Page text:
In Colorado, interfering with the government can lead to criminal charges. This includes impersonating a government worker, altering public records, obstructing government work, or taking money in exchange for not reporting a crime. Government related crimes can result in misdemeanor criminal charges, including fines and potential jail time. In this article, our Colorado criminal defense lawyers will address:
- 1. Impersonating a Public Servant C.R.S. 18-8-113
- 1.1. What is a public servant?
- 1.2. What are the penalties for impersonating a public servant in Colorado?
- 2. Abuse of Records C.R.S. 18-8-114
- 3. Obstructing Government Operations C.R.S. 18-8-102
- 4. Compounding Crime C.R.S. 18-8-108
Pretending to be a public servant is a criminal violation in Colorado. “A person commits impersonating a public servant if he falsely pretends to be a public servant and performs any act in that pretend capacity.”1
An individual may pretend to be a public servant to gain access to a building to commit a crime, get preferential treatment in exchange for not reporting violations, or simply to park for free at a private event.
It is not a defense to prosecution that the office the impersonator claimed to represent did not exist. For example, if an individual in a uniform tries to enter a Denver Broncos game claiming to be part of the Colorado Concessions Enforcement Department, it is not a defense to impersonating a public servant just because the Concessions Enforcement Department does not exist.
Under Colorado law, a “public servant” is defined as “any officer or employee of the government, whether elected or appointed, and any person participating as an advisor, consultant, process server, or otherwise in performing a governmental function.”2
Public servants include police officers, fire marshals, prosecutors, mayors, state senators, city clerks, health officers, process servers, public works officers, code enforcement workers, judges, and other city, county, state, or federal officials.
While the term public servant includes police officers, impersonating a public servant is a separate offense from impersonating a police officer. Impersonating a peace officer is a much more serious offense under C.R.S. 18-8-12 and can lead to felony criminal charges.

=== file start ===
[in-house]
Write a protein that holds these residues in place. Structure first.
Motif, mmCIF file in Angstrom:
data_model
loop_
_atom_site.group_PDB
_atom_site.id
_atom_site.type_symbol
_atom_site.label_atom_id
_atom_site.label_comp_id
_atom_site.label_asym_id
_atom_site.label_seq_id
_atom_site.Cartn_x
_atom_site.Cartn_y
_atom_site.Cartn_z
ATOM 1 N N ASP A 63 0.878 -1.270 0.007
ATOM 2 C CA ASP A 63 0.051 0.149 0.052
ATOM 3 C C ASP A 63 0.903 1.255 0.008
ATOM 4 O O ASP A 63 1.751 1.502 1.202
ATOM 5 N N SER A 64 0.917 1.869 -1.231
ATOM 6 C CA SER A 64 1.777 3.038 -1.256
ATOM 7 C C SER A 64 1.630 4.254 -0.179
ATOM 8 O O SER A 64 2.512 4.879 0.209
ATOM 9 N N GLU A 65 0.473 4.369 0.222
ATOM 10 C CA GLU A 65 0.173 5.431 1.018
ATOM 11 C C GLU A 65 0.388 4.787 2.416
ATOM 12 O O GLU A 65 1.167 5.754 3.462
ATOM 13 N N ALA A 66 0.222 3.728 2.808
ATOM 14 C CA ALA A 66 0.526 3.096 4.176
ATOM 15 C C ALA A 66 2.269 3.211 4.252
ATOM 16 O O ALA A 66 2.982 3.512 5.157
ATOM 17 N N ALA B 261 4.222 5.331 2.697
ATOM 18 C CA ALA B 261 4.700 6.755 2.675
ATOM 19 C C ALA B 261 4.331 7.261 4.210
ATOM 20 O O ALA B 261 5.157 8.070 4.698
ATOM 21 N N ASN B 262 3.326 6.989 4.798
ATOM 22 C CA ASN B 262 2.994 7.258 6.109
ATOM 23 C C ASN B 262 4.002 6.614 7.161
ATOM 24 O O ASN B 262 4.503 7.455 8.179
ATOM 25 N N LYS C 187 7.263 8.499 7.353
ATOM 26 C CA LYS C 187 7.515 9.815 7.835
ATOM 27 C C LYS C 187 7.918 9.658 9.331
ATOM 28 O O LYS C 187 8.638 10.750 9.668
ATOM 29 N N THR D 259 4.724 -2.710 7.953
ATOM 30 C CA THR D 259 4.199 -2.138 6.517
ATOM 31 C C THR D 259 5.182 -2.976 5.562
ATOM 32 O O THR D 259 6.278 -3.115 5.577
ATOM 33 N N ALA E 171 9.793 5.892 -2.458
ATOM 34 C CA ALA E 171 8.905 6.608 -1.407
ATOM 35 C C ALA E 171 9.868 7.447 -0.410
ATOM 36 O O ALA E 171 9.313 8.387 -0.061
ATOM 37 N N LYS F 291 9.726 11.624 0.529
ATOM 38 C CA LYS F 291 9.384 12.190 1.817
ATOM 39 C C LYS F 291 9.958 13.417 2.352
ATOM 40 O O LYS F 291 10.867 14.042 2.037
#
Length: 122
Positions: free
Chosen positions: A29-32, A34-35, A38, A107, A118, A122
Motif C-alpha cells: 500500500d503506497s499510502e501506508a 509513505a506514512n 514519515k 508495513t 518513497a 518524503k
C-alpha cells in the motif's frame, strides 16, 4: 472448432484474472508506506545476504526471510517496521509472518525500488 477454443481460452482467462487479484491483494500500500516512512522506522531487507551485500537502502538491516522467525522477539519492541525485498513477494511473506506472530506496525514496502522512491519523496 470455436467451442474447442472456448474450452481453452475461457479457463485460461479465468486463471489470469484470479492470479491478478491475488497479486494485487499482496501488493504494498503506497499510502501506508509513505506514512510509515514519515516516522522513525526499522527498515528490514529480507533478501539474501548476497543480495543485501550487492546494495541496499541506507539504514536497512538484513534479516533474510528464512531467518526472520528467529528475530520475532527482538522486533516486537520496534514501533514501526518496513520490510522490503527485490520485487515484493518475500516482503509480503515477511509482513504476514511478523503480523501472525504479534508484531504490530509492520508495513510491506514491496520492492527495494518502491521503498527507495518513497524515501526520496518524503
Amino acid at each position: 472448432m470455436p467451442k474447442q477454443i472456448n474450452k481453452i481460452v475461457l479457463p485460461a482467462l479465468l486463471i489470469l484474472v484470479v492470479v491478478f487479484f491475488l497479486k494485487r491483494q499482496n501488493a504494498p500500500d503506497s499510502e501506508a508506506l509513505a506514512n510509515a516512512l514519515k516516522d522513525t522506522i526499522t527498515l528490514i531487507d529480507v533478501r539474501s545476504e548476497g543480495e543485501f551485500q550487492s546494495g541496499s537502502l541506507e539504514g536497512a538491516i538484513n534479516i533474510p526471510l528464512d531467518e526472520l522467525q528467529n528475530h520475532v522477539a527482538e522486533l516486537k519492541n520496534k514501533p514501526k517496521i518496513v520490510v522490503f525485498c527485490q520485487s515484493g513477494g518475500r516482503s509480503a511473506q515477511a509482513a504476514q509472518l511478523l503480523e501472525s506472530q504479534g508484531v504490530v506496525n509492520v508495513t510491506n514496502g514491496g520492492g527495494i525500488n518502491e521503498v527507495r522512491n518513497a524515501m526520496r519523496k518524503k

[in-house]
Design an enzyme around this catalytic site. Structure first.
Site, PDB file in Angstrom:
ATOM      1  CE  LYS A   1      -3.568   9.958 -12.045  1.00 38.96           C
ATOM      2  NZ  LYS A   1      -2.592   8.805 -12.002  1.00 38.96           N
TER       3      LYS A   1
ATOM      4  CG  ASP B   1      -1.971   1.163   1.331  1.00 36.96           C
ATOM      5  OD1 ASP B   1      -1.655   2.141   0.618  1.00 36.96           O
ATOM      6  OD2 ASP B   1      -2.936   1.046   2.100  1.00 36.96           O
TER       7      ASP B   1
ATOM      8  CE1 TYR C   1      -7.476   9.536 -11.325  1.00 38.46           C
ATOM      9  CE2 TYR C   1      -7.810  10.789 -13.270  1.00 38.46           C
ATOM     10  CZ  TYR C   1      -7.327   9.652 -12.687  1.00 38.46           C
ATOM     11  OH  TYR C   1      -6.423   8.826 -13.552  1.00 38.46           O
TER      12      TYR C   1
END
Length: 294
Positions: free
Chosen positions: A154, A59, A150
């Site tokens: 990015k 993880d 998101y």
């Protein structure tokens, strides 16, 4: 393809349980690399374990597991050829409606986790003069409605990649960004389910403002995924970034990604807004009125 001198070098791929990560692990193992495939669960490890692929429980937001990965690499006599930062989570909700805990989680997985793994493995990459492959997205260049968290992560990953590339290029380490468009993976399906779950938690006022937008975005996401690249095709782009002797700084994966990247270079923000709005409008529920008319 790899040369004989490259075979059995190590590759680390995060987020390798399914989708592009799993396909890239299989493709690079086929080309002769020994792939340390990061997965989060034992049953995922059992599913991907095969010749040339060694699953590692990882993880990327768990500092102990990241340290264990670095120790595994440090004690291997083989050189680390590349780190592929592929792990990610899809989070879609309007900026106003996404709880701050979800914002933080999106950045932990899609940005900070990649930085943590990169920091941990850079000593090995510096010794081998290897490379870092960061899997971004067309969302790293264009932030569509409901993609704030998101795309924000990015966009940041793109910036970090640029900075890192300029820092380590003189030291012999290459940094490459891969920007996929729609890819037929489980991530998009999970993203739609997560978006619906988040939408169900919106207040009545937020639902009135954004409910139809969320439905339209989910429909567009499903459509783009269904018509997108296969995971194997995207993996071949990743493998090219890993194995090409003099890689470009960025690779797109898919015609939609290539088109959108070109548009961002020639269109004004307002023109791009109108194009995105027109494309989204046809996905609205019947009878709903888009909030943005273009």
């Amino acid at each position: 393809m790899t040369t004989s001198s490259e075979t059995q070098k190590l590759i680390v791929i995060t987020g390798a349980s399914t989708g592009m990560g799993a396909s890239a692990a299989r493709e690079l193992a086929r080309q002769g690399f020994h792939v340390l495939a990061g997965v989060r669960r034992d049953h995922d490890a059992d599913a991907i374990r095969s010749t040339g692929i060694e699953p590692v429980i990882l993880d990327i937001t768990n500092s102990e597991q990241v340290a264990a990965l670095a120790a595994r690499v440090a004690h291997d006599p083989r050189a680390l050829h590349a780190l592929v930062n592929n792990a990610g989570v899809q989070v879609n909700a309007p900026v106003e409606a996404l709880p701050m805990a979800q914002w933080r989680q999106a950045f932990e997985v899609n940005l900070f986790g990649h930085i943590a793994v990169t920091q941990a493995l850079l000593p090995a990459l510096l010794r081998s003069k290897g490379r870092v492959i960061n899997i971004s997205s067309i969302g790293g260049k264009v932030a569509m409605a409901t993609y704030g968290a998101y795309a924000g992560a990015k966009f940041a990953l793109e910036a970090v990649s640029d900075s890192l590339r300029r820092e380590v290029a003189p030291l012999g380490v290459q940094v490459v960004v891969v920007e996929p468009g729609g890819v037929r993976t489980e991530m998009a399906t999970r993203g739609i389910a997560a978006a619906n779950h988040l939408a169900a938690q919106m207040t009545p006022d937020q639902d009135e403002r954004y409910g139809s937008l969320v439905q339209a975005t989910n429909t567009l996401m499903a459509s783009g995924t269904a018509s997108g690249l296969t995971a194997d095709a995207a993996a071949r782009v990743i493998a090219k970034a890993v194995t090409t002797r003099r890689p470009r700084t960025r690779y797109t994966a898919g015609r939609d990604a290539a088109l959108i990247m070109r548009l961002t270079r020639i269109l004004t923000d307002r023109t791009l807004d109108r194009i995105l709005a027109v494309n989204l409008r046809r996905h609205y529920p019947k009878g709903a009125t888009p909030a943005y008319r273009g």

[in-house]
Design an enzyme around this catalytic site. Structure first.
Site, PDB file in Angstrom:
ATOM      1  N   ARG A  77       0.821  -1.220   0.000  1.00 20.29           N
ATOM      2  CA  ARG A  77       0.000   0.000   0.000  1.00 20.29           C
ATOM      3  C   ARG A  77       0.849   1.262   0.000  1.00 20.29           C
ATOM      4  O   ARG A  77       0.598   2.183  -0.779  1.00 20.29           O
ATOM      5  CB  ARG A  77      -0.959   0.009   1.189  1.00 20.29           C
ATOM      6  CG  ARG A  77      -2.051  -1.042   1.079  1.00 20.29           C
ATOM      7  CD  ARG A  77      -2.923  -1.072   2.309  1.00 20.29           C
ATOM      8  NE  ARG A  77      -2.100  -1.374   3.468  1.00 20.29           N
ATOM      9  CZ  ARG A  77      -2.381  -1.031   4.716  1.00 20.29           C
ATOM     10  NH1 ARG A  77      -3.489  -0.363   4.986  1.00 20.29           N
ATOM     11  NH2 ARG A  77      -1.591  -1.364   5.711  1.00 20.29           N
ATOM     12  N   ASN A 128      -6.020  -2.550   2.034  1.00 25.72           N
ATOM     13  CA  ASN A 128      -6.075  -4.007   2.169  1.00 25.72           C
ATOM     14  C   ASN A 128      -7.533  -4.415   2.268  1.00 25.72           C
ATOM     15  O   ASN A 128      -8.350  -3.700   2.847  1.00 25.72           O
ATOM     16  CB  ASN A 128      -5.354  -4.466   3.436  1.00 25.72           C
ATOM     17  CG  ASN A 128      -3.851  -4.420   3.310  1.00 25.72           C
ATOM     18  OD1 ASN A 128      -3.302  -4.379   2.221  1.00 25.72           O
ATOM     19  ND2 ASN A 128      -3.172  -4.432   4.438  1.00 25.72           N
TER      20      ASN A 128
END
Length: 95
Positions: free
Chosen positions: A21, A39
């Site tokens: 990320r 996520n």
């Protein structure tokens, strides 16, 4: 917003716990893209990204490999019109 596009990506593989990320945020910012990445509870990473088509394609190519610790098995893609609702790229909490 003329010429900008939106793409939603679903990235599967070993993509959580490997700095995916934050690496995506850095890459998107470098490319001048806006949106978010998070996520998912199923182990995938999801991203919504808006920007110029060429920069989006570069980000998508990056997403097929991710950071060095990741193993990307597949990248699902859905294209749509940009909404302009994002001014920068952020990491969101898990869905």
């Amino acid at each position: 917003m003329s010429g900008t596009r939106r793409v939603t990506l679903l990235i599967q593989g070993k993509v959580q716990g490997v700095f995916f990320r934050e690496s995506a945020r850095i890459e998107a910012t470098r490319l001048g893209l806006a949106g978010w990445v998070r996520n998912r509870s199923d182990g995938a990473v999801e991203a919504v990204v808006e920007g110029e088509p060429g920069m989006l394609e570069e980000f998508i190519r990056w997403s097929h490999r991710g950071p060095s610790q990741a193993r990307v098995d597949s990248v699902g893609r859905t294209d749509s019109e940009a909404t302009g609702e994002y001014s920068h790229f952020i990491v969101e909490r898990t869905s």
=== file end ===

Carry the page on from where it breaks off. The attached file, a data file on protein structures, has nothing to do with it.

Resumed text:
Impersonating a public servant in Colorado is a class 3 misdemeanor. A conviction for impersonating a public servant is punishable by up to 6 months in jail, a fine ranging from $50 to $750, or both.3
Changing, destroying, or entering false information into public records is a criminal offense in Colorado. A person commits abuse of records if the person:
- Knowingly makes a false entry or alters a public record; or
- Destroys, mutilates, conceals, removes, or impairs the availability of a public record; or
- Refuses to deliver a public record upon request 4
In Colorado, “public records” include “all official books, papers, or records created, received, or used by or in any governmental office or agency.”5 Public records may include:
- Birth records
- Death records
- Marriage records
- Voting records
- City Council meeting minutes
- Budget records
- Studies and reports
- Titles and deeds
- Government contracts
Abuse of public records is a class 1 misdemeanor. The penalties abuse of public records in Colorado include 6 to 18 months in jail and a fine from $500 to $5,000.
The crime of obstructing government operations involves intentionally obstructing, impairing, or hindering a governmental function by a public servant. This includes using threats of violence, force, physical interference, or obstacles.6
Not all incidents of obstructing a public servant is a crime. It is an affirmative defense where:
- The public servant was engaged in an unlawful action;
- The obstruction, impairment, or hindrance was of the making of an arrest;
- The obstruction, impairment, or hindrance of a governmental function was by lawful activities in connection with a labor dispute with the government.7
Obstructing government operations is a class 3 misdemeanor. If found guilty of obstructing government operations, the penalties include up to six months in jail and a fine of $50 to $750.
Compounding involves taking money in exchange for not reporting a crime or not seeking prosecution. Under C.R.S. 18-8-108, compounding is the acceptance or agreement to accept any pecuniary benefit in exchange for:
- Refraining from seeking prosecution of an offender; or
- Refraining from reporting to law enforcement authorities the suspected commission of any crime or information relating to a crime.
For example, let's say Chloe is walking her dog at night when she sees a car swerving on the road and hitting a stop sign, knocking it over. She goes to see if the driver is ok. The driver, Ned, gets out of the car and says he is unharmed. He says he had too much to drink and cannot get a DUI. He offers Chloe $500 if she won't report him to the police. If Chloe accepts the offer, she may be guilty of compounding.
Compounding is a class 3 misdemeanor. If found guilty of compounding, the penalties include up to six months in jail and a fine of $50 to $750.
Call us for help...
If you have been accused of government-related crimes, please contact us at Colorado Legal Defense Group. Our caring Colorado defense attorneys have many years of experience representing clients who have been charged with abuse of records and other government crimes. We are among the best Colorado criminal defense attorneys to call. Contact us today for a free consultation by phone or in-person or in our Denver law office.
- C.R.S. 18-8-113(1)
- C.R.S. 18-1-901(o)
- C.R.S. 18-8-113(3)
- C.R.S. 18-8-114(1)
- C.R.S. 18-8-114(1)
- C.R.S. 18-8-102(1)
- C.R.S. 18-8-102(2)
- C.R.S. 18-8-108